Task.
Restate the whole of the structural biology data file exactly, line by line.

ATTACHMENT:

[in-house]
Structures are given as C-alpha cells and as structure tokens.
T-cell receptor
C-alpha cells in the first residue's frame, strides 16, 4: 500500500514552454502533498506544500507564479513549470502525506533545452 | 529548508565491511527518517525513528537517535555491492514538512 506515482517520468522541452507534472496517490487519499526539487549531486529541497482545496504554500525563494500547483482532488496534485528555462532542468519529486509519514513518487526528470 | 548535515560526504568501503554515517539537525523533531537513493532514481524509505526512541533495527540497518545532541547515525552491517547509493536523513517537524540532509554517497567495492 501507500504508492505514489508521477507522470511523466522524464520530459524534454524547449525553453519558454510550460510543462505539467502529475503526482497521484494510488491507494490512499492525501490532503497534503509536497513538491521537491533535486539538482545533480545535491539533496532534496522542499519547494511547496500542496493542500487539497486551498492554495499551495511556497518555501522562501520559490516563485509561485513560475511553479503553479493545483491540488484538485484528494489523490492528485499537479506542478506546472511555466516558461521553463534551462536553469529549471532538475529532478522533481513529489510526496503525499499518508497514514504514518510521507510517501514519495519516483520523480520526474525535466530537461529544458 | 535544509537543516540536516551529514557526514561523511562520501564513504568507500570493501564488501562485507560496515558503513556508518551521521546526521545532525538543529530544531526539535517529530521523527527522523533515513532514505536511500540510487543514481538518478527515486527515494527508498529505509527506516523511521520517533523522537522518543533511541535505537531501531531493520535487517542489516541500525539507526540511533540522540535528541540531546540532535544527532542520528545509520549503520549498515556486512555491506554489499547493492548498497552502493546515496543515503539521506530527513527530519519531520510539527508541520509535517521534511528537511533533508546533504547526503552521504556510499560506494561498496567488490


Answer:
[in-house]
Structures are given as C-alpha cells and as structure tokens.
T-cell receptor
C-alpha cells in the first residue's frame, strides 16, 4: 500500500514552454502533498506544500507564479513549470502525506533545452 | 529548508565491511527518517525513528537517535555491492514538512 506515482517520468522541452507534472496517490487519499526539487549531486529541497482545496504554500525563494500547483482532488496534485528555462532542468519529486509519514513518487526528470 | 548535515560526504568501503554515517539537525523533531537513493532514481524509505526512541533495527540497518545532541547515525552491517547509493536523513517537524540532509554517497567495492 501507500504508492505514489508521477507522470511523466522524464520530459524534454524547449525553453519558454510550460510543462505539467502529475503526482497521484494510488491507494490512499492525501490532503497534503509536497513538491521537491533535486539538482545533480545535491539533496532534496522542499519547494511547496500542496493542500487539497486551498492554495499551495511556497518555501522562501520559490516563485509561485513560475511553479503553479493545483491540488484538485484528494489523490492528485499537479506542478506546472511555466516558461521553463534551462536553469529549471532538475529532478522533481513529489510526496503525499499518508497514514504514518510521507510517501514519495519516483520523480520526474525535466530537461529544458 | 535544509537543516540536516551529514557526514561523511562520501564513504568507500570493501564488501562485507560496515558503513556508518551521521546526521545532525538543529530544531526539535517529530521523527527522523533515513532514505536511500540510487543514481538518478527515486527515494527508498529505509527506516523511521520517533523522537522518543533511541535505537531501531531493520535487517542489516541500525539507526540511533540522540535528541540531546540532535544527532542520528545509520549503520549498515556486512555491506554489499547493492548498497552502493546515496543515503539521506530527513527530519519531520510539527508541520509535517521534511528537511533533508546533504547526503552521504556510499560506494561498496567488490